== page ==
By Zong Pu[ 1 ]

Tr. by Taylor Brady, Haiyan Lee, and Sylvia Yang

MCLC Resource Center Publication (Copyright August 2013)

Sketch of Zong Pu by Luo Xuecun

Sketch of Zong Pu by Luo Xuecun 罗雪村
Source: Zhongguo wenming wang

Lulu was sitting on the ground, howling disconsolately. A new moon pierced through the foliage, sprinkling mottled shadows of the trees and dim moonlight on the brick floor of the courtyard. The sound of his sad cry passed through the walls of the courtyard, and in this small valley village caused an uproar of barking. The sound of dogs baying in the deep night was miserable enough, and Lulu’s voice also carried agony and despair, like a sharp knife slashing through the warm, smooth spring evening.

He wailed loudly, drawing out the sound for a long while. It was heartrending. Could his departed master hear him? Where was he? Lulu felt he was once again lost in the wilderness, an utterly empty space, so all he could do was to bark just to prove his own existence.

On the north side of the courtyard there were three old rooms. The one to the east was still lit, and the one to the west was dark. After a while, a rustling sound came from the western room. Soon the door opened and out crept two children wearing homespun pajamas. The sister, around ten years old, was holding a little bowl of food. When they came near Lulu, her little brother, around six, hid behind her back, tightly clinging to her blouse.

“Lulu, have something to eat. There’s a lot of meat here.” Sister placed the bowl at Lulu’s side. There was already a bowl on the ground, but Lulu hadn’t touched the food.

Lulu looked at the siblings with a forlorn gaze and quieted down. He looked like a fox: his four legs were very short, his muzzle pointed, and he was snow white all over, with not a single hair of a different color. He wore a leather collar, from which hung a rope fastened to a big tree.

Lulu had belonged to an old Jewish man who lived alone in another part of the village. He had died two days ago. His death, just like his birth, had no impact whatsoever on the world. His funeral was handled quickly. There was only this white corgi keeping vigil outside his house, refusing to leave. People beat him, but he simply went around the house. The landlord suddenly had an idea, “Let’s send him to Mr. Fan. This foreign dog can only be raised by downriver people.” This little village was accustomed to calling all outsiders “downriver people.” So Lulu had been dragged to Mr. Fan’s house and been tied to the tree for three days.

Lulu and the children had been friends before. They used to visit the old Jewish man’s place and were probably his only guests. The old man made paper houses with rooms full of furniture. The children brought a glass marble and pretended it was a baby girl frolicking inside the paper house. The old man would also tell Lulu to shake hands with them; Lulu would then offer up a front paw and shake hands repeatedly with each in turn. Lulu would often jump onto the wide arm of the old man’s armchair and rest his snow-white head next to the old man’s snow-white head and stare at the children. Back then, his gaze was kind, gentle, almost suggestive of a smile.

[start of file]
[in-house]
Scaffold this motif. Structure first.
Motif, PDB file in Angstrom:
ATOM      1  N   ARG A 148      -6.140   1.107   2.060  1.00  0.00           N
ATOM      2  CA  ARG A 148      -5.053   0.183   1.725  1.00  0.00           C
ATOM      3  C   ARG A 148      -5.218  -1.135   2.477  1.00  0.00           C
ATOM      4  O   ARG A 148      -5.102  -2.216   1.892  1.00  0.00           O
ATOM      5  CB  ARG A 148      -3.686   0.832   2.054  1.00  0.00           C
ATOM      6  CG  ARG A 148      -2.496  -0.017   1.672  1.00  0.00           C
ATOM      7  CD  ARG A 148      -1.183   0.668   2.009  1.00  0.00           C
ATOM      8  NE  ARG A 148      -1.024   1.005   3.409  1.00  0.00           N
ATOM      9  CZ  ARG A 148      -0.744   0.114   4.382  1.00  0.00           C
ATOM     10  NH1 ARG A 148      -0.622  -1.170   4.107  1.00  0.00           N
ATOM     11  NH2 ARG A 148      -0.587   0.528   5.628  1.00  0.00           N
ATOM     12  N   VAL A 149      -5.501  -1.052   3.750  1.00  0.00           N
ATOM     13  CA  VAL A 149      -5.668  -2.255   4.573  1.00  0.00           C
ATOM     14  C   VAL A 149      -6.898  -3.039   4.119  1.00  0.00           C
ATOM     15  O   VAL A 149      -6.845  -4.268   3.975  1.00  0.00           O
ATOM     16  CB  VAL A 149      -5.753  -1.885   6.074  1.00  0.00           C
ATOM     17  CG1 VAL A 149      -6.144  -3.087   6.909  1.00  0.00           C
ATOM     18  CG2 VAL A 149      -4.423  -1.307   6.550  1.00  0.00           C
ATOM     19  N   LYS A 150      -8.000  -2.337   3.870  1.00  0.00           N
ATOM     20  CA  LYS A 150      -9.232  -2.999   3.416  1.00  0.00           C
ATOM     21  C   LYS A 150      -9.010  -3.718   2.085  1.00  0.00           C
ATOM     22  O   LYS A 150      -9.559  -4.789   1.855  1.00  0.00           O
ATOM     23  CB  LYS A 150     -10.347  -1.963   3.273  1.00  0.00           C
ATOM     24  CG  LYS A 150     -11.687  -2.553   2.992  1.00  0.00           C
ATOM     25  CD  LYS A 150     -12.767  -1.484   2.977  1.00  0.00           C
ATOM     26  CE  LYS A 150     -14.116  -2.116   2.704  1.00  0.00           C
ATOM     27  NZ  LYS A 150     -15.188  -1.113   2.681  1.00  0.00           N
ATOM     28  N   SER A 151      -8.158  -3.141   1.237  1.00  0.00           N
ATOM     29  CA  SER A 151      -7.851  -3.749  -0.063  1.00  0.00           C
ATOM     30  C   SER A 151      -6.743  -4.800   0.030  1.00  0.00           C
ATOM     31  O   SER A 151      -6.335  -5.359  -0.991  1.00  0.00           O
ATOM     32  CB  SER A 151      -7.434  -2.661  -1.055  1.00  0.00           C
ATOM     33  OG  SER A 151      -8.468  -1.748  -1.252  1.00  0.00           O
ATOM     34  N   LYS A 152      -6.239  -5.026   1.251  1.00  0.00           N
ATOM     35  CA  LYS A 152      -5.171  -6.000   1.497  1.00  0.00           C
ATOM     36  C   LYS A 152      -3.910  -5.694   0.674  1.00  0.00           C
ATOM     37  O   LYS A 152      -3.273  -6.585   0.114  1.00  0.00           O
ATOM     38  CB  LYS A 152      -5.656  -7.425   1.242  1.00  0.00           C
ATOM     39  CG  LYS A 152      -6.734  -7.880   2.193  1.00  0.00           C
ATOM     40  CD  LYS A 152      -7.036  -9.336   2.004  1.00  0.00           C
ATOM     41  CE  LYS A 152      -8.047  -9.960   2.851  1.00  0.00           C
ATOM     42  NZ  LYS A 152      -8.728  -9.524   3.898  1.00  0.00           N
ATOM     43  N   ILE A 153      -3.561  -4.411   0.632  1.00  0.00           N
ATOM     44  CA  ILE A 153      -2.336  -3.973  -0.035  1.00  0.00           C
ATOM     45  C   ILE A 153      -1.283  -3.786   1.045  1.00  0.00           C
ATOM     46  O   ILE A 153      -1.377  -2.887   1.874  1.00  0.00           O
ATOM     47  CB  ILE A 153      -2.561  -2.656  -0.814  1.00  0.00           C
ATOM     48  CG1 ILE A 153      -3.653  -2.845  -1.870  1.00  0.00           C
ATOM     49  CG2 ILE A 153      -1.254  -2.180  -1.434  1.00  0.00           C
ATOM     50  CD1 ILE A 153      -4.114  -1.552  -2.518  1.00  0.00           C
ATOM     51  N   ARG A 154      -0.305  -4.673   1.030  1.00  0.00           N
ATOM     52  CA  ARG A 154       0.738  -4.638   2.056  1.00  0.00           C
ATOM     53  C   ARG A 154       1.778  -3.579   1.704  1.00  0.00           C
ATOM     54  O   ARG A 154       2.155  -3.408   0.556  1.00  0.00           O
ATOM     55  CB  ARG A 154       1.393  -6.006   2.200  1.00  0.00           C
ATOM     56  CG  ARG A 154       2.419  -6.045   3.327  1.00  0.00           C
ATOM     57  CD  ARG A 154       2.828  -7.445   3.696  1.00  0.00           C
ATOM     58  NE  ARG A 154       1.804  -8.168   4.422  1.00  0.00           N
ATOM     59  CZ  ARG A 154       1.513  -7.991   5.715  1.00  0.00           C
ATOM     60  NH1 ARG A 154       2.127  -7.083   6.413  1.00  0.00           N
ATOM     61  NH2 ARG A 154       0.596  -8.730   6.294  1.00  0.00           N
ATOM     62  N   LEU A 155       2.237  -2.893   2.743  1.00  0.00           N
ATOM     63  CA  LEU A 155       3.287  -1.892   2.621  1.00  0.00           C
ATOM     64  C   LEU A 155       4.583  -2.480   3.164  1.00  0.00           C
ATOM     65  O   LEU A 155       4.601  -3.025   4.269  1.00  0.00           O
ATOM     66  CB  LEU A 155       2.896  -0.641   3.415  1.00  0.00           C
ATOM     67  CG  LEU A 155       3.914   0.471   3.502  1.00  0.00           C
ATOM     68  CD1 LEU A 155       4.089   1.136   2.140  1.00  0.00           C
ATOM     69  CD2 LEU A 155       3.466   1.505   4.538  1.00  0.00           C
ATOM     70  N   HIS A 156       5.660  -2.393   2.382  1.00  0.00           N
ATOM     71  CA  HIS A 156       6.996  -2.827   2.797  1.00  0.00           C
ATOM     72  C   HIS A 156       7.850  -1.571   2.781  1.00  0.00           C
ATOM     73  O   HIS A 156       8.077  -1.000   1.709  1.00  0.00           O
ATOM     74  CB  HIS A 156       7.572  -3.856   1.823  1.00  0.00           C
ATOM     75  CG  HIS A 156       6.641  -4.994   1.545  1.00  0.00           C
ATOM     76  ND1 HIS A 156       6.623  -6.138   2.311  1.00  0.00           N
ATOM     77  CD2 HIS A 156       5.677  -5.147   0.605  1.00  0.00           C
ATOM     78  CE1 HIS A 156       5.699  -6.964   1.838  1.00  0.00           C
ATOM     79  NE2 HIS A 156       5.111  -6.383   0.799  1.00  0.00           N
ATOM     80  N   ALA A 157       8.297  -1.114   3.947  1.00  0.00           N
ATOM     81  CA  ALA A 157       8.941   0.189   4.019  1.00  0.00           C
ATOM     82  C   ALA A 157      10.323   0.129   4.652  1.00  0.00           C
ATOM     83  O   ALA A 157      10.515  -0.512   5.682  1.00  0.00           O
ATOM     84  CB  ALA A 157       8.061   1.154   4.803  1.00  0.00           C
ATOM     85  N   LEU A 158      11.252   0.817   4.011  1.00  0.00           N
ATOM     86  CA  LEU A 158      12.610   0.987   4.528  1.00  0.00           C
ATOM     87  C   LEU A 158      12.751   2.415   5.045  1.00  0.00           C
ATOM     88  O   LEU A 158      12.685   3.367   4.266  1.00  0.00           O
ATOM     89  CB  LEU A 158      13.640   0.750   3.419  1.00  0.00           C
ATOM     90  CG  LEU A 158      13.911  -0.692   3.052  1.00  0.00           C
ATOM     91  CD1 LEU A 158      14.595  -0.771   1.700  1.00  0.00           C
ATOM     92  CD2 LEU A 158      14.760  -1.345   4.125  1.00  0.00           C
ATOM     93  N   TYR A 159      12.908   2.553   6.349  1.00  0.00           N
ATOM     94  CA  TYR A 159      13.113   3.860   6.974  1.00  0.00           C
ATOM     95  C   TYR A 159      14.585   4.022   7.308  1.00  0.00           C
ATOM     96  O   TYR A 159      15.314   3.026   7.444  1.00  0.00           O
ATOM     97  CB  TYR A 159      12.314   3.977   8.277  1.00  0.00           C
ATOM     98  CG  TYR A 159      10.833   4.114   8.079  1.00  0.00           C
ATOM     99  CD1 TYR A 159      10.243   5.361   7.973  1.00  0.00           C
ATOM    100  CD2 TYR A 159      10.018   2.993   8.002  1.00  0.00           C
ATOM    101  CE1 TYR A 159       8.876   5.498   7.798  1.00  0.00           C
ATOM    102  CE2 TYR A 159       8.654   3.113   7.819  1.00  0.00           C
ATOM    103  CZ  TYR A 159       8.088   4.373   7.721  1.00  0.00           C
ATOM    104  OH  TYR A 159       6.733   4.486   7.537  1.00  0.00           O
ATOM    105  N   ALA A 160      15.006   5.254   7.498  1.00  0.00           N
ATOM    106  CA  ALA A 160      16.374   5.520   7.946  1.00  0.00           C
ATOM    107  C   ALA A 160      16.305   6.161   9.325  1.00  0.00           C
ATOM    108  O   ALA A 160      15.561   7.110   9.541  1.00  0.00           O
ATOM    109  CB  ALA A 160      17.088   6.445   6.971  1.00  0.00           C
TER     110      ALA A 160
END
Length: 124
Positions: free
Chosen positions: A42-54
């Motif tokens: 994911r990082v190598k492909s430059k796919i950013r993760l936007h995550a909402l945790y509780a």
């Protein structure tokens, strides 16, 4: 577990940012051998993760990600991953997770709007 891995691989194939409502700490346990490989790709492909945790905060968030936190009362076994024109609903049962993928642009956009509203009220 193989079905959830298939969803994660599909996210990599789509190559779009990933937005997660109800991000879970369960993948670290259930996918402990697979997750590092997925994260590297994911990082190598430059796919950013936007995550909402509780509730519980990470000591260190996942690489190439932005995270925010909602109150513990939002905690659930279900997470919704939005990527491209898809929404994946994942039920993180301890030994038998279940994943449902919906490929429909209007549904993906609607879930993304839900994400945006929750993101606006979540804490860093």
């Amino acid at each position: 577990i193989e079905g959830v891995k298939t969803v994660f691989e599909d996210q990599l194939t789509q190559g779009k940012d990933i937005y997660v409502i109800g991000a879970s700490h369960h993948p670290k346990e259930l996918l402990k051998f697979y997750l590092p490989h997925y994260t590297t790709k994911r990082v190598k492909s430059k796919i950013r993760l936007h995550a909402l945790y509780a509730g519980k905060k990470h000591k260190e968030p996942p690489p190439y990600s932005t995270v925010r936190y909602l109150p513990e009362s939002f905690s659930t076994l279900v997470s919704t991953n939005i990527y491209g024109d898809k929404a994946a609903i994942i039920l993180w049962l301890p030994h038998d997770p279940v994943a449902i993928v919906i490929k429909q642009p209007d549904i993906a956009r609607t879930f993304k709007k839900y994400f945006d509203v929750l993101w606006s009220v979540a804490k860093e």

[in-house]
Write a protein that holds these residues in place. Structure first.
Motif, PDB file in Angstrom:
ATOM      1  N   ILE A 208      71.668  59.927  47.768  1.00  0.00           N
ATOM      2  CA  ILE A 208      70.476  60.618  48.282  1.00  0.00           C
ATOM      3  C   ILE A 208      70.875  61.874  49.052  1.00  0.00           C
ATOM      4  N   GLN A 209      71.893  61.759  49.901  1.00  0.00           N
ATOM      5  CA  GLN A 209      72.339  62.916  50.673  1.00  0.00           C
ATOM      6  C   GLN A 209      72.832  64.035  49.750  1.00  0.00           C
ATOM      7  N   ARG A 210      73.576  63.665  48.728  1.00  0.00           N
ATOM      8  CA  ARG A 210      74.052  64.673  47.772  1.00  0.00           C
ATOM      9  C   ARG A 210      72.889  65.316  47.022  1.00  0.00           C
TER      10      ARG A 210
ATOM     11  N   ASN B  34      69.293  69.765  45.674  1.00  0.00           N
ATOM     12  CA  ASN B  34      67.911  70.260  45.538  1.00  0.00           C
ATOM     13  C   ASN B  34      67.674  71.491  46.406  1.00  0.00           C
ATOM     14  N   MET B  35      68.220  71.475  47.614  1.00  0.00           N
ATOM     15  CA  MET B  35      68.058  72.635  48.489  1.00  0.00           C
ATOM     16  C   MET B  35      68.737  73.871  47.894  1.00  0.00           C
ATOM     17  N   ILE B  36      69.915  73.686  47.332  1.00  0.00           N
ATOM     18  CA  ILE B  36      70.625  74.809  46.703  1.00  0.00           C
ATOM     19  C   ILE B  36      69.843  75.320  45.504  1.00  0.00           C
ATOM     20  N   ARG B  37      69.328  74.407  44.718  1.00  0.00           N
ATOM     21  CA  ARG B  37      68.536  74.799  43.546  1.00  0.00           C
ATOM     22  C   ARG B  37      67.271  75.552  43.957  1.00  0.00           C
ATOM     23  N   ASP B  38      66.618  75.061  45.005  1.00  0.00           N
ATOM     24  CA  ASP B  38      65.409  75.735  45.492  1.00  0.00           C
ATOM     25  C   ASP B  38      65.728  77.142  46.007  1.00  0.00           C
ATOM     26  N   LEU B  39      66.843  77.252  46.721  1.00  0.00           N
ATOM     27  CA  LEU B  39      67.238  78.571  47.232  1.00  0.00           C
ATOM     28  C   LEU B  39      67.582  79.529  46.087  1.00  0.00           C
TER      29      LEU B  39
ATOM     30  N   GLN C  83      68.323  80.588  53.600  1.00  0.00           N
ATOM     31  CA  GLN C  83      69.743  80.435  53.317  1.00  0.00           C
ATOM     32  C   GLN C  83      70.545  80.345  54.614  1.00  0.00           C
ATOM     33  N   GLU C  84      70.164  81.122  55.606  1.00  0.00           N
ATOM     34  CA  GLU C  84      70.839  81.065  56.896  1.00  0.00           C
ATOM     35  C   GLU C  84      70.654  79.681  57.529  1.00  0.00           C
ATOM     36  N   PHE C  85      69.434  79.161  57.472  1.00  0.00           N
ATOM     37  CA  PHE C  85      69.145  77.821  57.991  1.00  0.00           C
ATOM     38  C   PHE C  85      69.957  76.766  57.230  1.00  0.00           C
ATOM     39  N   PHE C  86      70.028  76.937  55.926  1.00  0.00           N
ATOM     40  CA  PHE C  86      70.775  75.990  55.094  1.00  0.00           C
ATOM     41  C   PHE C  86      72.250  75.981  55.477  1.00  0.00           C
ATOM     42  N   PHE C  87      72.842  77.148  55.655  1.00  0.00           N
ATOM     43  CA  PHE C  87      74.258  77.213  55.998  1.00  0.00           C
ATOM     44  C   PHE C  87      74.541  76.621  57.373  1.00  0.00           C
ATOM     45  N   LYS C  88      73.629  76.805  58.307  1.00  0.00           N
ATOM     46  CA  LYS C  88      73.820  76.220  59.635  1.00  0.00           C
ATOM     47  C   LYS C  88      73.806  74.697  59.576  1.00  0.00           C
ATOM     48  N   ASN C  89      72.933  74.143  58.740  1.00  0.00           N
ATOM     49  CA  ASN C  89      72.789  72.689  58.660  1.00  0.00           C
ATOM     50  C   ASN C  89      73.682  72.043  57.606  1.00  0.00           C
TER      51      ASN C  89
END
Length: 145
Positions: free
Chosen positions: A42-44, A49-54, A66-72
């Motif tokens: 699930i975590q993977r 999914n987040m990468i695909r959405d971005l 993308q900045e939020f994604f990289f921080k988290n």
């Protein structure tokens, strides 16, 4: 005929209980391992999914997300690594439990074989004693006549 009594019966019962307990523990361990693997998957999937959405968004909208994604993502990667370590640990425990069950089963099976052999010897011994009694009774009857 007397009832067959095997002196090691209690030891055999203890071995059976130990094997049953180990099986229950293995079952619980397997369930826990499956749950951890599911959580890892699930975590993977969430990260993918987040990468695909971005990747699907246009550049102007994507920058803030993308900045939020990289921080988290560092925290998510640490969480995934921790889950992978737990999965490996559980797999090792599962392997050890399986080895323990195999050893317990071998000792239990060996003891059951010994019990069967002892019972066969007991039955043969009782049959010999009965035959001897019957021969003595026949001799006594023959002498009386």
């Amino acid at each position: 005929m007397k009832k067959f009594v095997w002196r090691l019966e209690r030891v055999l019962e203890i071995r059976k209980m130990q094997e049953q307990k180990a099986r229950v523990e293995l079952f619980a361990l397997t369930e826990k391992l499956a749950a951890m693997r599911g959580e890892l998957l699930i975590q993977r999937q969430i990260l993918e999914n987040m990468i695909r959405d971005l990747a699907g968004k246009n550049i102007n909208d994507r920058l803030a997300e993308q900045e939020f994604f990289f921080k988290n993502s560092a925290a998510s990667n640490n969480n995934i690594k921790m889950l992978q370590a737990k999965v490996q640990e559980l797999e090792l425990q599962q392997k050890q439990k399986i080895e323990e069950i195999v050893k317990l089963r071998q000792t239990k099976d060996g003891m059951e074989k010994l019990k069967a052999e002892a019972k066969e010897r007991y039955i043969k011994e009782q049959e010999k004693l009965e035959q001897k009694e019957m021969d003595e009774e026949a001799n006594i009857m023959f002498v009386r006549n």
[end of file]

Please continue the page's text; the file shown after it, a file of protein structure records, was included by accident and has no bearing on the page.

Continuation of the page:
Now the old man was gone, leaving Lulu behind, poor lonesome weepy Lulu.

“Lulu, stay with us. Do you understand Chinese?” Sister asked softly. “Can we hold hands?” She had repeated this many times for three days. Each time Lulu would suddenly let out a cry, and wouldn’t offer his paw.

But this time Lulu did not cry, only panting as if at the end of a long run.

Sister put out her hand to touch Lulu’s head, but Brother immediately pulled her back. Lulu was known for biting people. Without any warning, he would go for their heels. “He won’t bite me,” Sister said, “will you, Lulu?” Then she put her hand on his head. Lulu began to tremble and his hair half stood on end. The old man would always stroke him, running a large firm hand from his head down his spine. Sister’s little hand was very light, but her gentle petting calmed him down. Still panting, he offered his front paw to her.

“Good Lulu!” Sister happily shook hands with him. “Mom! Lulu’s willing to stay with us!”

Her mother walked out of the house and, with her daughter’s introduction, shook Lulu’s paw, so did Brother. Mother gently reproached Sister, “How could you give all of the meat to Lulu? What are we going to eat tomorrow?”

Sister hung her head and didn’t say a word. Her brother piped up, “Tomorrow we won’t eat anything!”

Mother sighed, “There’s also your father; he needs to rest. You two should have already been in bed. And Lulu, you can’t bark anymore tonight, okay?”

Every member of the Fan family was asleep. Only Father was still writing beneath a kerosene lamp. For some time, Lulu wanted to cry again, but seeing the shadow on the windowpane of Father bent over the table, he swallowed his mournful cries. He let them rumble in his throat and come out as a low growl.